TANZANIA has set a world record in national immunisation coverage, thanks to the government-backed national immunisation and vaccine programme currently under implementation.
A new report by the World Health Organisation (WHO) says the country has attained 97%, surpassing the target by the Global Vaccine Action Plan (GVAP).
The rate is measured by the percentage of children receiving the third dose of the diphtheria-tetanus- pertussis vaccine (DTP3).
The permanent secretary (PS) in the Ministry of Health, Community Development, Gender, Elders and Children, Dr Mpoki Ulisubisya, said that Tanzania was currently at 98% on immunisation and vaccine, saying the country is headed for 100%.
"We have already conducted a series of meetings with all district officials countrywide and we have agreed that we should meet our target by ensuring that immunisation reaches 100%," said the PS.
According to extracts taken the maiden report on the Status of Immunisation in Africa
, Tanzania is doing remarkably well in taking initiatives to prevent and combat diseases.
For the first time, WHO has published immunisation data at the sub-national level for over 140 member states worldwide.
Dr Dafrossa Lyimo, programme manager for immunisation and vaccine said that the success rate was a result of the ongoing Reach Every Child strategy that makes immunisation an important treatment for every child in the country.
Among other strategies, Lyimo said, the government in collaboration with other financiers was allocating funds that are availed to all public and private health centres to ensure every child is vaccinated.
According to the report, Tanzania is one of the only 11 countries in Africa that fund over 50 per cent of their national immunisation programmes. With a population of 50-million, Tanzania has recently introduced the measles second dose vaccine (MCV2), putting the country on track to eliminate measles by 2020.
As Africa nears polio eradication, critical funding for immunisation through the polio eradication programme is expected to decrease which means each country should brace to foot own bills, to that effect.
While Africa has made significant gains towards increasing access to immunisation in the past few decades, immunisation coverage has recently stagnated at 74%, with exception of Tanzania.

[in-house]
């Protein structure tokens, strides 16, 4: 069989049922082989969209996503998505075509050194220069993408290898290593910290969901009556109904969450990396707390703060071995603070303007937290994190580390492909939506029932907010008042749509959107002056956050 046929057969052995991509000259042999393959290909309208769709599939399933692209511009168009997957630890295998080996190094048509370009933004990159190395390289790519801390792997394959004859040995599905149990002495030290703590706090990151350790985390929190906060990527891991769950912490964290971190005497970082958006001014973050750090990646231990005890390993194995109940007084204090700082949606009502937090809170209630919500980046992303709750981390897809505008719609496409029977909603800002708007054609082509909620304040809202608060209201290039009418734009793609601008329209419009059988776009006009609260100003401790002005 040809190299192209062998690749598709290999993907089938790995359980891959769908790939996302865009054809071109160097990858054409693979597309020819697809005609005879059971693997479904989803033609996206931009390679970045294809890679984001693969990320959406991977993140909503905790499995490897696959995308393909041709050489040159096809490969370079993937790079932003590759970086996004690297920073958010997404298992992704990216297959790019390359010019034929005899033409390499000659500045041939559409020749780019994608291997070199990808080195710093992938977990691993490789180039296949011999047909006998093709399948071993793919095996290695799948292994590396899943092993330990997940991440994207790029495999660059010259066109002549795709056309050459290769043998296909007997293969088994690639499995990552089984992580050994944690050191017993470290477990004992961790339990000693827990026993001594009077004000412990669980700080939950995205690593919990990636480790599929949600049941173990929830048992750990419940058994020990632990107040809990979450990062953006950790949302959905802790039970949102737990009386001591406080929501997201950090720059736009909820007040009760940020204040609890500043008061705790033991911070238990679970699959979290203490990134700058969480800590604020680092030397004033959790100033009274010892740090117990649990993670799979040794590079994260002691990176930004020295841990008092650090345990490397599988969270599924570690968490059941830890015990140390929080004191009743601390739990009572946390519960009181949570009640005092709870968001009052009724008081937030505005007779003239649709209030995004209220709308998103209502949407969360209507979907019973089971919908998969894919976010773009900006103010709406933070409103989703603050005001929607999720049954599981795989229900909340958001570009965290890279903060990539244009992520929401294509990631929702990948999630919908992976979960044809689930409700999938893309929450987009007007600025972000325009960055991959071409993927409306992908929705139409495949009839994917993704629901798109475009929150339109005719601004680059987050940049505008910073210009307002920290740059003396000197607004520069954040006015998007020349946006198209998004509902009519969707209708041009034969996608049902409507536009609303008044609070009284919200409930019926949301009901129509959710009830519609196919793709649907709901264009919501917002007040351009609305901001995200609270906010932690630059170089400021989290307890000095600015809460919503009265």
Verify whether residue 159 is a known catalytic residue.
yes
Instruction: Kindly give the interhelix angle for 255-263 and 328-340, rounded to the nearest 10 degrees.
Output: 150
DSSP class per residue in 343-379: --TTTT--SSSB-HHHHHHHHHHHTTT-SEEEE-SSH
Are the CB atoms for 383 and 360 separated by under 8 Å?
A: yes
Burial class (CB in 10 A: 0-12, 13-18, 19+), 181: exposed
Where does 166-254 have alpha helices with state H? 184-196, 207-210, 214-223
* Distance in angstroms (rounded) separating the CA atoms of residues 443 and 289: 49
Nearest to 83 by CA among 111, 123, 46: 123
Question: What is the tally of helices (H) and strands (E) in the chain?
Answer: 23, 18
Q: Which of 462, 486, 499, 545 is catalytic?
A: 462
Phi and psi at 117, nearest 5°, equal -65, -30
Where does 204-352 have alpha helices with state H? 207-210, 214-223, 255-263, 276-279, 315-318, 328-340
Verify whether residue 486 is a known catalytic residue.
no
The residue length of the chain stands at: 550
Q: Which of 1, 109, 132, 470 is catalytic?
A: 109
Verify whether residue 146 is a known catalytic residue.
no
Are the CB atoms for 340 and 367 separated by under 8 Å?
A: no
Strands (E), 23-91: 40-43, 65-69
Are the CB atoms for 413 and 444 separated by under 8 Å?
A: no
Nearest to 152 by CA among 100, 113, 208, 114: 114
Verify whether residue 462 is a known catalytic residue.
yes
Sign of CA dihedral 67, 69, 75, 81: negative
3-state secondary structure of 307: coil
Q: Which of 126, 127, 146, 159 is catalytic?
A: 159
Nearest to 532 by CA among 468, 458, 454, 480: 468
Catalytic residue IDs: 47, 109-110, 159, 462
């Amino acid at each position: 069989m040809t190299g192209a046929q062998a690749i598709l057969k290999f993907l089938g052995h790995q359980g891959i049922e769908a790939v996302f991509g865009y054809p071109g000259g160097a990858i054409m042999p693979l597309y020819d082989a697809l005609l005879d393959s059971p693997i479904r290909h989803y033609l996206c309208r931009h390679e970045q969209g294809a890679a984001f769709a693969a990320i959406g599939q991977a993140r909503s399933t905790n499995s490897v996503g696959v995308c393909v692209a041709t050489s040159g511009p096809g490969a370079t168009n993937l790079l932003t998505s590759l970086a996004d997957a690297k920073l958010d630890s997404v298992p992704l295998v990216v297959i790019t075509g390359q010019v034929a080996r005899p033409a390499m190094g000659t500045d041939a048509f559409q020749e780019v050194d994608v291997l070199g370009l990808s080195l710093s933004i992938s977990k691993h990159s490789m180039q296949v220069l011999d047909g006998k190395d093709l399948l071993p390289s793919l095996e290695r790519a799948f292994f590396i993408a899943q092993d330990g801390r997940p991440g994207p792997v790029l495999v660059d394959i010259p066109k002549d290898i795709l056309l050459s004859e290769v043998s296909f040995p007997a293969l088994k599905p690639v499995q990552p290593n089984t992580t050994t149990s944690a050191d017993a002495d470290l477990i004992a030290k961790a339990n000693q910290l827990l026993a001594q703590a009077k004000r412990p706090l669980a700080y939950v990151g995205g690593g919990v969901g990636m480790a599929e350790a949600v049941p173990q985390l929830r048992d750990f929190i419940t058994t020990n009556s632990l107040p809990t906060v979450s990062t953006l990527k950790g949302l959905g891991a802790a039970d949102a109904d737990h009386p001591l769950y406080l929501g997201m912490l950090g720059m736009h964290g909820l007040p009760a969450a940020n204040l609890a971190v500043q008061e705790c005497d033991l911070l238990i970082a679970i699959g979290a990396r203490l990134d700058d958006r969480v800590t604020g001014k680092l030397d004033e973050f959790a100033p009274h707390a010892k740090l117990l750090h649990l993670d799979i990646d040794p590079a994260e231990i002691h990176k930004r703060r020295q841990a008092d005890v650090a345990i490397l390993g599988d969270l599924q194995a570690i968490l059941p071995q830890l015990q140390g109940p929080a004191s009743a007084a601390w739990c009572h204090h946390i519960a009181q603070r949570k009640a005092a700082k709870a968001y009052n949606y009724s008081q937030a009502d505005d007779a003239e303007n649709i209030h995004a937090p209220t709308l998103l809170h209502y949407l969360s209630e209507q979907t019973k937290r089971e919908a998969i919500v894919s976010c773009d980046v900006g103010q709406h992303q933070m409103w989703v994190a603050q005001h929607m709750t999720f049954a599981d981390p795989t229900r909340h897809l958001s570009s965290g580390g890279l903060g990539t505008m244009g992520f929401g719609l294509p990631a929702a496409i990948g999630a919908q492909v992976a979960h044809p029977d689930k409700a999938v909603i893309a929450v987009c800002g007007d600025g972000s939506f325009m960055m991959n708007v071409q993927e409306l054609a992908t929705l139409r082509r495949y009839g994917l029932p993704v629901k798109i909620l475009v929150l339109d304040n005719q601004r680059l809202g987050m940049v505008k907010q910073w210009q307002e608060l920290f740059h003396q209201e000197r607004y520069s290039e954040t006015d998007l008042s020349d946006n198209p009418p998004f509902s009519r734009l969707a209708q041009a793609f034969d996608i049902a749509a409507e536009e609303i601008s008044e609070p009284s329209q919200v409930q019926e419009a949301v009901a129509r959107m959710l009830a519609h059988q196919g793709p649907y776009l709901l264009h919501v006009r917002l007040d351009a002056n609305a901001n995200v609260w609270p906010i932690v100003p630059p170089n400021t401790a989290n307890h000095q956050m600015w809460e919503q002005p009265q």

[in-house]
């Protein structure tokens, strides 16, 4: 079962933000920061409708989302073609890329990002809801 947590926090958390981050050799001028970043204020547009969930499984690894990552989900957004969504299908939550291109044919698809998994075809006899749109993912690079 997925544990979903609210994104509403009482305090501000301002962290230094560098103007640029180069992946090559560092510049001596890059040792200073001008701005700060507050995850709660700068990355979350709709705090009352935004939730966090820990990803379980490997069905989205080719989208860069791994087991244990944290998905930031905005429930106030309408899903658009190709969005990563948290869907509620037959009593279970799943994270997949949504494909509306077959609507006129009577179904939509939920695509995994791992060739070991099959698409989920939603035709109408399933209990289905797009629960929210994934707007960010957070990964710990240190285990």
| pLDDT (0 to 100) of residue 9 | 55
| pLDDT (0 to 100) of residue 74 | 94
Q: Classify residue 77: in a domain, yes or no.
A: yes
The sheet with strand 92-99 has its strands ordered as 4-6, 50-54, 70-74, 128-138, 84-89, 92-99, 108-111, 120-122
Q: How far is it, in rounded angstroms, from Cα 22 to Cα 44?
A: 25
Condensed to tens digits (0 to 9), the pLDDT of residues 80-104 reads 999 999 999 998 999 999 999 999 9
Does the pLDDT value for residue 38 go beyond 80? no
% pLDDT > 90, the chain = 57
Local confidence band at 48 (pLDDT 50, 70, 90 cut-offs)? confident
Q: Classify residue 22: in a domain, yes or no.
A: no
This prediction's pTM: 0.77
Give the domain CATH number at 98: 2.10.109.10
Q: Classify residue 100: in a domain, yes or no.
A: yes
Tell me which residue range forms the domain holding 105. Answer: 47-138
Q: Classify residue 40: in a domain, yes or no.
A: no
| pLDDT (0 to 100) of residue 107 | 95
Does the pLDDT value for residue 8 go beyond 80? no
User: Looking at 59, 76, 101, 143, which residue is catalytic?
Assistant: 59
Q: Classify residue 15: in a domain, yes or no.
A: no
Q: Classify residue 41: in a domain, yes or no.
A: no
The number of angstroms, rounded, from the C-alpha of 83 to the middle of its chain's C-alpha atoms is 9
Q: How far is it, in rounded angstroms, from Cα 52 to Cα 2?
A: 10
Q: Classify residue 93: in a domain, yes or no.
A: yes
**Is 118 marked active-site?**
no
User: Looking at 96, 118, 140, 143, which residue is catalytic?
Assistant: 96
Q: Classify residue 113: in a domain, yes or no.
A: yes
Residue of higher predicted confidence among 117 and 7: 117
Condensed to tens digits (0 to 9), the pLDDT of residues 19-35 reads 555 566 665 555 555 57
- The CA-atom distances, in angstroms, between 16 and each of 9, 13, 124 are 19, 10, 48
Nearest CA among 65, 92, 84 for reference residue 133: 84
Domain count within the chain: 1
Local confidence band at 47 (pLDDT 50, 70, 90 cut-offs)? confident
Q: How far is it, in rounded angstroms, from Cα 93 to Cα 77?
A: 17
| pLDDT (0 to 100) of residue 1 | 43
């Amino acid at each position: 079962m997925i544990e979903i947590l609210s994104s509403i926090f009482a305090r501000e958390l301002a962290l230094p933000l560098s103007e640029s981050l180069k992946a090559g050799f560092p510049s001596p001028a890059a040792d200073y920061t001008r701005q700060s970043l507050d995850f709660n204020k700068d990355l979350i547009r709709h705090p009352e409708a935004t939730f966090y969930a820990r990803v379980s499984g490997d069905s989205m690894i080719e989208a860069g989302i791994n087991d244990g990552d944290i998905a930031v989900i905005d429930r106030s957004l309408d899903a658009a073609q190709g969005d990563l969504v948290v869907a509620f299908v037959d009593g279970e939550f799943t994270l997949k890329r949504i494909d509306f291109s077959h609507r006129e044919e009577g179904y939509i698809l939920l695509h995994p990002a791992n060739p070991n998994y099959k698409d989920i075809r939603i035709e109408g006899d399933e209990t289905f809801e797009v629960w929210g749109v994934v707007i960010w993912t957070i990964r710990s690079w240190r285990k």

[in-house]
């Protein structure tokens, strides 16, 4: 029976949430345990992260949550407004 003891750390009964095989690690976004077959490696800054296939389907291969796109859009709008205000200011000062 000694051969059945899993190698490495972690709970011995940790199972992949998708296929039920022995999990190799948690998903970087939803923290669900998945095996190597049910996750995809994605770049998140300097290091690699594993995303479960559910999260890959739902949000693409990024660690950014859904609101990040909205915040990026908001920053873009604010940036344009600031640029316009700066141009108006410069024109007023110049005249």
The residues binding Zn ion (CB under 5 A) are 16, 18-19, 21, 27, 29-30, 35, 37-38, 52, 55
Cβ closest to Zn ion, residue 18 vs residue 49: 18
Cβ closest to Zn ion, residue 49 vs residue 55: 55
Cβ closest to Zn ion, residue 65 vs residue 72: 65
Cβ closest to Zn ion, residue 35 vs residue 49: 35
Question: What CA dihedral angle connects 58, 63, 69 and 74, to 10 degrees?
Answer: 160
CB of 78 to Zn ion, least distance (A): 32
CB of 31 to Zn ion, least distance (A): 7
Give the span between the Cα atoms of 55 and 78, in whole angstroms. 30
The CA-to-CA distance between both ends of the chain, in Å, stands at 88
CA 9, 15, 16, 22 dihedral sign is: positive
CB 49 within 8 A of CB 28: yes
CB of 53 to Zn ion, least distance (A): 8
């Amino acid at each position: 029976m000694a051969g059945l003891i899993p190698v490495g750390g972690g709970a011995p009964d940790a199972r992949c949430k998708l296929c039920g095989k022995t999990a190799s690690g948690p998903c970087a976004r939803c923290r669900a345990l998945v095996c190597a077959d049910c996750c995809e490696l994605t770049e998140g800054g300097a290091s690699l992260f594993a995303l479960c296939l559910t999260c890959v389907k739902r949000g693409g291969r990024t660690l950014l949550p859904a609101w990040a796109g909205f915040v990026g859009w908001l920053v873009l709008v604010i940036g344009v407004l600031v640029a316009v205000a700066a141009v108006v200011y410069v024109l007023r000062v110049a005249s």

According to the Regional Immunisation Technical Advisory Group (RITAG), Africa is about to face several funding transitions that will make domestic investments in immunisation more critical than ever.
As Africa nears polio eradication, critical funding for immunisation through the polio eradication programme is expected to ramp down. "Additionally, countries approaching middle-income status will transition away from Gavi support for immunisation in the coming years. Countries, including Tanzania, must prepare now to fill these gaps, so that progress on immunisation is not reversed," says the report.
The national coverage data often conceals large inequalities in coverage and access within the country that can be discovered through sub-national monitoring. Targeting specific sub-national areas with focused interventions will help countries achieve high and equitable coverage and meet their GVAP and RSPI targets.
Several countries, Tanzania included, have also introduced the pneumococcal conjugate vaccine (PCV) and the rotavirus vaccine to protect the two biggest child killers - pneumonia and diarrhoea.
As far as measles elimination is concerned, the RSPI has set ambitious targets for the continent. And, to achieve elimination by 2020, the framework calls for at least 95% national and sub-national coverage with the measles-containing first dose (MCV1) vaccine.